To be clear, I mean the socks you wear on your feet, to insulate you form your shoes/boots/other footwear. By common, I mean easily available to the masses, rather than just to the rich.
12(worth noticing that the Wikipedia page, despite having a "history" section, does not answer this question)– o0'.Jan 28, 2012 at 15:28
5In the Russian Army the socks have been promised to be allowed to use just this week!– GangnusJan 15, 2013 at 22:47
That depends on what you mean by 'socks'.
Hesiod (Greece, ~700 bce) recommends that farmers line their boots with felted wool for extra insulation. That wool layer could be considered the first sock, and it was commonly available to people who weren't particularly rich.
When the Romans invaded northern Europe (ie, Gaul), they started wearing sewn foot coverings called udones. Udones could be worn under boots like modern socks, but this wasn't always the case; they were heavy wool and could be worn on their own, or with sandals (in which case they served as the main covering for most of the foot, with the sandal being equivalent to a removable sole, similar to the Japanese tobi and geta arrangement that remained in use until the mid twentieth century). I don't know when udones were first invented, but they were in common use by the second century CE.
The first known samples of knit socks appear around this time, in Egypt, Syria, and Holland, but they were made using laborious one stick knitting (fourth paragraph) and so may not have been in common use.
During the middle ages, a pair of hose (the lower leg covering) could have its own foot, in which case it would often be worn under shoes or boots (though it could have its own sole as well). See http://www.crofters.org/personal%20essays/history%20socks.htm. Hose would be sewn cloth, unless you were pretty rich - knitting came to Europe in the 12th century but was mostly used for luxury goods at first.
I'd say the knitted wool stockings that became popular around the 17th century would count as socks by most definitions - they were not sewn, and were always worn under heavier, specialized footwear. Most people in western Europe could afford at least a pair or two of stockings by that time, because knitting had become a relatively common skill. All you needed was thread, a couple of sticks, and a wife ;).
If you don't consider stockings the same as socks, the transition came in the decades following the French Revolution (say around 1790 - 1820). The short-breeches-with-stockings look went out of fashion, and men wore longer pants. Since they no longer needed to cover the lower leg, men's socks got shorter and started looking like the ones we wear today.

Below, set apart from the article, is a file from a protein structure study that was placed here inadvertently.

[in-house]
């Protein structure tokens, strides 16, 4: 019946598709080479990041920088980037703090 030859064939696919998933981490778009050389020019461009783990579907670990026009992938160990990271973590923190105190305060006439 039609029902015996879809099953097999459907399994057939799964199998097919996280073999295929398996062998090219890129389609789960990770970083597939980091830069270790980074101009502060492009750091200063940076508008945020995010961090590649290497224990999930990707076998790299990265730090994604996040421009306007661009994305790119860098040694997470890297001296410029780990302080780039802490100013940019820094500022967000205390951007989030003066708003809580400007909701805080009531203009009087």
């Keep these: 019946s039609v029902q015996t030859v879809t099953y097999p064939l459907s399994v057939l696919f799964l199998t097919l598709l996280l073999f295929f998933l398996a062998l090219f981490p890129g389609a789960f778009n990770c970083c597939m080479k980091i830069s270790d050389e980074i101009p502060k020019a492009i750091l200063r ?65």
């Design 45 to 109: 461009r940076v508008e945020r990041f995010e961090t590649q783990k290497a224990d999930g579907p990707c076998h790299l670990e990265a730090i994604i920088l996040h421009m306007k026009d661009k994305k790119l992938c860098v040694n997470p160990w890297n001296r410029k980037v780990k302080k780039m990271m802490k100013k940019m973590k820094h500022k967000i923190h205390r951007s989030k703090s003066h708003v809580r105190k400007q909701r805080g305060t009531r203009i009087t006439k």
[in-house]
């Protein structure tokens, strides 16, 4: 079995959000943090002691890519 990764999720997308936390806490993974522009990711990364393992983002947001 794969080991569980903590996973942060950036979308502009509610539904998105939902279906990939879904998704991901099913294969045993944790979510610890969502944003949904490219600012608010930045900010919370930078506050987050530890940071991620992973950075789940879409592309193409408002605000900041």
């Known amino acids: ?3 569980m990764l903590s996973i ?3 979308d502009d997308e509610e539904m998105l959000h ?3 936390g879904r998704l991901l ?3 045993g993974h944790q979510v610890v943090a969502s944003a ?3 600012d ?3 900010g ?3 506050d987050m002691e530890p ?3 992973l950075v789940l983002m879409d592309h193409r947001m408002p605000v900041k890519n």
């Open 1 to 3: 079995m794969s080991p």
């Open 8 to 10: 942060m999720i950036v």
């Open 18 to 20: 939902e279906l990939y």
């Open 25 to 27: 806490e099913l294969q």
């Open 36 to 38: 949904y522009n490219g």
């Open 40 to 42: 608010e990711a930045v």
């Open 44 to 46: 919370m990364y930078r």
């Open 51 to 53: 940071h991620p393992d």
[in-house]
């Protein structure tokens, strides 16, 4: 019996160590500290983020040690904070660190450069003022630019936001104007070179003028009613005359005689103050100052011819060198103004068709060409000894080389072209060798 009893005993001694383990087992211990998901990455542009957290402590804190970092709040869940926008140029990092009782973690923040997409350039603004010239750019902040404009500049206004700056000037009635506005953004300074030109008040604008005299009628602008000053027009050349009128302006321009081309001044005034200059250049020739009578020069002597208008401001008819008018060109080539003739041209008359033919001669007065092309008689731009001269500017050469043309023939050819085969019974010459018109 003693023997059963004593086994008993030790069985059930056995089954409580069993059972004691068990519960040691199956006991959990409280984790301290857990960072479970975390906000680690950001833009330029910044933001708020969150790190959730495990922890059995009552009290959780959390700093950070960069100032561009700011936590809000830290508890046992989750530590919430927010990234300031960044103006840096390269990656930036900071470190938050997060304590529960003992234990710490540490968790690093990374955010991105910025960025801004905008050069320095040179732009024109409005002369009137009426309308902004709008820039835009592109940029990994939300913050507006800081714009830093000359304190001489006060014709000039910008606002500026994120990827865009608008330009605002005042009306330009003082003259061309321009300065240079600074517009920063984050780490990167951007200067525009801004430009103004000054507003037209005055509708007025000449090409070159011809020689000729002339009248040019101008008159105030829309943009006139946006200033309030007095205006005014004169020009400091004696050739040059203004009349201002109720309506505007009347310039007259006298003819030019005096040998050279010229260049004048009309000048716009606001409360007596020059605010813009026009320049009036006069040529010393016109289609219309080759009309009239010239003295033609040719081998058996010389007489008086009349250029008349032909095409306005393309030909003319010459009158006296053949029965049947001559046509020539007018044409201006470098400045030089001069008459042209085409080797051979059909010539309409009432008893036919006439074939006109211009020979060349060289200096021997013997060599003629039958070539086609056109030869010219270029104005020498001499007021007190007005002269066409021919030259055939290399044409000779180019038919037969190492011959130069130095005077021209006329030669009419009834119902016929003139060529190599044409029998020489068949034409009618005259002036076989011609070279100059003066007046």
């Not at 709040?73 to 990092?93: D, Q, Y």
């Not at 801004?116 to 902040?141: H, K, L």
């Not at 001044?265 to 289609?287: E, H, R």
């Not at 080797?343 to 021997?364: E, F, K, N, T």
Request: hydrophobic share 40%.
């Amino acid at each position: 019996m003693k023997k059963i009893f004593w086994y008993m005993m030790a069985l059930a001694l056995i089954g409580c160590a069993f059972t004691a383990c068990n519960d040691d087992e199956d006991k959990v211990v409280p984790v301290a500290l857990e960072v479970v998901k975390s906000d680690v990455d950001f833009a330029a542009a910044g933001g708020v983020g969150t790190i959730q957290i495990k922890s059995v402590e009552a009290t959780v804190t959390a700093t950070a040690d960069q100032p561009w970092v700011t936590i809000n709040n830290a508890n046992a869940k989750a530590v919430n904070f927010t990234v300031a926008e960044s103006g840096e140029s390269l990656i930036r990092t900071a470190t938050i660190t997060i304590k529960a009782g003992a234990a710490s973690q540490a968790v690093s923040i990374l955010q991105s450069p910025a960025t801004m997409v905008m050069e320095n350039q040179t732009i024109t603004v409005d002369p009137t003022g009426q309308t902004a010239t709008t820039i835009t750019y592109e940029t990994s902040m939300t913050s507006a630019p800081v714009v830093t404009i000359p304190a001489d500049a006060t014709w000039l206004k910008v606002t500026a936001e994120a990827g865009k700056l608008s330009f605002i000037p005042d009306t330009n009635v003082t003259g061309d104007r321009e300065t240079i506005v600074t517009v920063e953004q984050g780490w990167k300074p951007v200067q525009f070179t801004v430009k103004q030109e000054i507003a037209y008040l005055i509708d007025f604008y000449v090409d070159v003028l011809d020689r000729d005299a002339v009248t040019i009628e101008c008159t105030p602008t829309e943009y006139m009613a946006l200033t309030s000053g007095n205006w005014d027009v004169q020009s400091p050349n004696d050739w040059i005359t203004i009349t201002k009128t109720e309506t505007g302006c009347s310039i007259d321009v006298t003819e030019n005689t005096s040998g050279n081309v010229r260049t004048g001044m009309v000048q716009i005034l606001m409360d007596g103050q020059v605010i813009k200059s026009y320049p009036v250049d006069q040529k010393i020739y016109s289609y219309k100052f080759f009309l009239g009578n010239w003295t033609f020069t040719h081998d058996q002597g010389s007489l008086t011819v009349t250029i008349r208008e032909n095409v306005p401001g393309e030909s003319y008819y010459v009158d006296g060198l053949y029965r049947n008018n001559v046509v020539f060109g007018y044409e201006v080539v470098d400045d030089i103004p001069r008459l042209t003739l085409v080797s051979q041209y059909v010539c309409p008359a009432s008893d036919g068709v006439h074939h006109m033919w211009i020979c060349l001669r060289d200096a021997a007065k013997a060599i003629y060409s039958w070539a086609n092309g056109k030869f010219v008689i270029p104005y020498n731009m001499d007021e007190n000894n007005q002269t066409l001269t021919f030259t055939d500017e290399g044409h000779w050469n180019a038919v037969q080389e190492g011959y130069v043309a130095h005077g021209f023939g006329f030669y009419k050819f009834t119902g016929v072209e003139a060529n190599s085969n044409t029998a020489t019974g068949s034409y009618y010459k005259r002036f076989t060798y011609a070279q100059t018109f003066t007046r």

Beggars would still wrap their feet with rags, but the industrial revolution brought the price steadily down, making this less common. By WWI, you can easily find accounts of soldiers repairing their socks, meaning that foot wrappings weren't considered acceptable in western Europe or America, even if you were roughing it.
2+1 for a very good answer. I'm working on a theory whereby socks are a good way of measuring the state of a civilization. I shall have to put more effort in to finding out what went on in China. I will also need to correct for tropical/desert peoples, with much less need for socks.– CarmiJan 30, 2012 at 5:55
Very detailed! Kudos! Apr 9, 2012 at 21:06
Medieval hosen were essentially socks. (I do not see any differentiation between socks and stockings. They are all stockings -- there are just varying styles of them.) They were made of woven fabric cut on the bias to give them stretch. (I've worn them -- they actually fit well and do stretch a bit. You just have to hold them up with ties since there was no elastic nor knit ribbing to do that!)– litlnemoMay 13, 2014 at 1:07
"Pliny wrote that rats prognosticated the death of the Roman general, Carbo, by eating his hose-garters and shoe-strings at Clusium, the modern Chiusi, in Etruria." You can't have hose garters without hose!– OldcatMay 19, 2014 at 22:58
That depends on the country, I think. In the USSR, socks became common for more than 50% of people around the 1950s. The reason is that people often had to use one pair of boots for more than one person. And socks don't help in it.
Edit from Jan.2013: Oh! In the Russian Army the socks have been promised to be allowed to use just this week! Ehm. Promised this week.
The Russian army changes to socks
7Um...ok? The second sentence makes no sense.– EdwinFeb 3, 2012 at 17:29